In recent years, Europe has been facing the Euro crisis, questioning the whole process of European integration. However, scholars argue that this crisis also presents an opportunity for the Europeanization of national public spheres as public attention regarding Europe has increased. Therefore, this study examines the media discourse on the crisis and the possible convergence of the national public spheres of Germany and Spain. It investigates how the issue is framed and who participates in the discourse during the crisis between 2010 and 2014 in German and Spanish online quality newspapers. Based on a content analysis of 7,256 statements in 961 articles, frames were identified in a data‐driven approach. Results show that German and Spanish media have Europeanized their framing during the crisis and mainly support Europe's policy. This convergence has occurred despite a slight renationalization of discourse participants, indicating that Europeanization has been increasingly sustained by national actors.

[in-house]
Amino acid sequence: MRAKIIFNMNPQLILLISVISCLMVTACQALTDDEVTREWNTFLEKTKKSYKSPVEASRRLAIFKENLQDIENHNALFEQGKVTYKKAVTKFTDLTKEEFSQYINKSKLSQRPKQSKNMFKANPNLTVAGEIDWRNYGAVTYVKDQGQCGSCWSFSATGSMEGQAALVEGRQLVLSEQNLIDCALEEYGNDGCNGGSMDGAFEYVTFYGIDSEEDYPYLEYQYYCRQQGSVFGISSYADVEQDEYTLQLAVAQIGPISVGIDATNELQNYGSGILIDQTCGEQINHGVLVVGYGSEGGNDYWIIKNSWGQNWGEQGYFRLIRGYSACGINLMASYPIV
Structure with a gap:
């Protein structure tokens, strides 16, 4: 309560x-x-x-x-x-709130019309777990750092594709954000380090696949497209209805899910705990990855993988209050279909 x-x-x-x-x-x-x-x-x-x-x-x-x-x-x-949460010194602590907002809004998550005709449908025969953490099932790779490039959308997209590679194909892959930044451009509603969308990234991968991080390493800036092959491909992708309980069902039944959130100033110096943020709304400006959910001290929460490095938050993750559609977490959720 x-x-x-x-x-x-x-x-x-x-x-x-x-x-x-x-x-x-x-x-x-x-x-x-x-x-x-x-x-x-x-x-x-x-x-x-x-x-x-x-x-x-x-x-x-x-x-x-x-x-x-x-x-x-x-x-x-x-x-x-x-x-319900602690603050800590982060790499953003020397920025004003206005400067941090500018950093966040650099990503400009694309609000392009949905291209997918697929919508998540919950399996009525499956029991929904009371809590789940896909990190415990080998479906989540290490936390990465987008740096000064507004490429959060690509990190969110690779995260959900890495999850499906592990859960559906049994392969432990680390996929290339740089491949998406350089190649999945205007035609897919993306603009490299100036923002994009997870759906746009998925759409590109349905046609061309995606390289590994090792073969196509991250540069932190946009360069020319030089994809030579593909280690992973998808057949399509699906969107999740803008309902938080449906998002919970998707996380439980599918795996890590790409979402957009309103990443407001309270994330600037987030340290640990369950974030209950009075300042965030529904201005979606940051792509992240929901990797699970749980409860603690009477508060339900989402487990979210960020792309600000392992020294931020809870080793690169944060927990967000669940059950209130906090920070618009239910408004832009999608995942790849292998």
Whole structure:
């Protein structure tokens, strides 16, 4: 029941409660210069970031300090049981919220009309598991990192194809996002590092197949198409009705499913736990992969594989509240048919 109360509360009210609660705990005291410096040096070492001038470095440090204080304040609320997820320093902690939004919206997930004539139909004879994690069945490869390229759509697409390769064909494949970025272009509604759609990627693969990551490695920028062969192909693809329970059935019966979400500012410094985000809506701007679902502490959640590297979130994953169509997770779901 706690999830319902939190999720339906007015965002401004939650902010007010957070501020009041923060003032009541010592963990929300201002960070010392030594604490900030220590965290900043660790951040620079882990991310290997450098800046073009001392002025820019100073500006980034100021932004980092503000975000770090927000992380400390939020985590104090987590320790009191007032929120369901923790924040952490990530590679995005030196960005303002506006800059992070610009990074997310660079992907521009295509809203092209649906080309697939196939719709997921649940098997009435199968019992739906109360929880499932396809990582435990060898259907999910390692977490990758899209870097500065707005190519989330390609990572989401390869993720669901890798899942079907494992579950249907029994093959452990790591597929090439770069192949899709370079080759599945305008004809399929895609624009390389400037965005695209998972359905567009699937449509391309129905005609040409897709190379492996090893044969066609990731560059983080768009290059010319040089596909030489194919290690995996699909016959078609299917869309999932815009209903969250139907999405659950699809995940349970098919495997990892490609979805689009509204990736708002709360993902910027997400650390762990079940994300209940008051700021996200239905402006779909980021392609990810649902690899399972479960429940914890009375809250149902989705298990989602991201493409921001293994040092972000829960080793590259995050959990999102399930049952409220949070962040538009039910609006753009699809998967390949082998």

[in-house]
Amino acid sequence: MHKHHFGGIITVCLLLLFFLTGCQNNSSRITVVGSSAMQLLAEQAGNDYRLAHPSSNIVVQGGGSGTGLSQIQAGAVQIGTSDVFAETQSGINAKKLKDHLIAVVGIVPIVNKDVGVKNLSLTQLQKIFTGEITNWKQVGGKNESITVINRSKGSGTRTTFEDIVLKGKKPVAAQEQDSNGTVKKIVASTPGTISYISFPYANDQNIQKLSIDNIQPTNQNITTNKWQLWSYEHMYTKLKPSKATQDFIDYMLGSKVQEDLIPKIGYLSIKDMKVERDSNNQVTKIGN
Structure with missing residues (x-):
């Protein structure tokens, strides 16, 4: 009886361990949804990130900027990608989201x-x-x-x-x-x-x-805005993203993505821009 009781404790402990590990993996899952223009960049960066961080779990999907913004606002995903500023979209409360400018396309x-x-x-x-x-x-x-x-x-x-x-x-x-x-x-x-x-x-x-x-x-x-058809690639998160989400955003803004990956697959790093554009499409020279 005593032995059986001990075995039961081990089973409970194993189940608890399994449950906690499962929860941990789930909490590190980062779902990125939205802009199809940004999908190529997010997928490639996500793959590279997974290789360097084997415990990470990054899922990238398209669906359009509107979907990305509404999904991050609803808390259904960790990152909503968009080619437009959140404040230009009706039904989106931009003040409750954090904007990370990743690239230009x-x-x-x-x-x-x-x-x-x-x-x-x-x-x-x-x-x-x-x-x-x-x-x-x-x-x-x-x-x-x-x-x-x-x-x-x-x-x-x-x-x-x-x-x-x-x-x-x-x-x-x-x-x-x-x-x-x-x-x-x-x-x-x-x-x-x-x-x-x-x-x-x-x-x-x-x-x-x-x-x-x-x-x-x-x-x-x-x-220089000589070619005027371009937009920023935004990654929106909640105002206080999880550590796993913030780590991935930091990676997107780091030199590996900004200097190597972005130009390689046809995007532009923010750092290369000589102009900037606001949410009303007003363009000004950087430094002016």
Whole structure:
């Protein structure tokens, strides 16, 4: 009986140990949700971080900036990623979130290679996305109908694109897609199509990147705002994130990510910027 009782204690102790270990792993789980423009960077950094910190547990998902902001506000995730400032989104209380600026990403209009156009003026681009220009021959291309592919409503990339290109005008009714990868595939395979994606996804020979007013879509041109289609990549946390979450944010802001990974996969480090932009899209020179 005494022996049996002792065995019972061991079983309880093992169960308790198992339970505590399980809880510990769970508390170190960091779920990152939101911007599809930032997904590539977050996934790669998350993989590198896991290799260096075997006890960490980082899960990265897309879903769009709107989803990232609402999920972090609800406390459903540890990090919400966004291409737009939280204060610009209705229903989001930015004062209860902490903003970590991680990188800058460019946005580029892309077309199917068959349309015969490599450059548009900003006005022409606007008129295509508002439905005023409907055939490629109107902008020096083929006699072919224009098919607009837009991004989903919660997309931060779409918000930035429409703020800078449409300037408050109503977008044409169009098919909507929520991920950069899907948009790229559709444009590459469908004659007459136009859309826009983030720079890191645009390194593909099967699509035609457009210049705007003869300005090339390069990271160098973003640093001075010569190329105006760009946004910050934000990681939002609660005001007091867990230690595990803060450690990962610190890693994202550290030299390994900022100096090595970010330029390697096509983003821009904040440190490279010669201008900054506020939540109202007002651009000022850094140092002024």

November 06, 2016   doi: 10.1111/jcms.12515   open full text
  • Democratic Deficits in Europe: The Overlooked Exclusiveness of Nation‐States and the Positive Role of the European Union.
    Joachim Blatter, Samuel D. Schmid, Andrea C. Blättler.
    JCMS Journal of Common Market Studies. October 28, 2016
    With the help of the Immigrant Inclusion Index (IMIX), a quantitative tool for measuring the electoral inclusion of immigrants, we demonstrate that European democracies are much more exclusive than they should be. All normative theories of democracy share the conviction that it is imperative that democracies include long‐term immigrant residents into the demos – either by granting citizenship or by introducing alien voting rights. But even the 20 most established and stable democracies within the EU are far from fully realizing the ideal of ‘universal suffrage’. This is true independently of whether we count in‐ and excluded people in numerical terms, or whether we evaluate the relevant laws and regulations. Therefore, we diagnose a substantial democratic deficit on the level of European nation‐states. By requiring its member states to enfranchise non‐national EU citizens on the local level, the EU, for once, plays a positive role in reducing one of the most fundamental democratic deficits in times of migration.
    October 28, 2016   doi: 10.1111/jcms.12491   open full text
  • Explaining Implementation through Varieties of Capitalism Theory: The Case of the Telework and Work‐related Stress Agreements.
    Thomas Prosser.
    JCMS Journal of Common Market Studies. October 28, 2016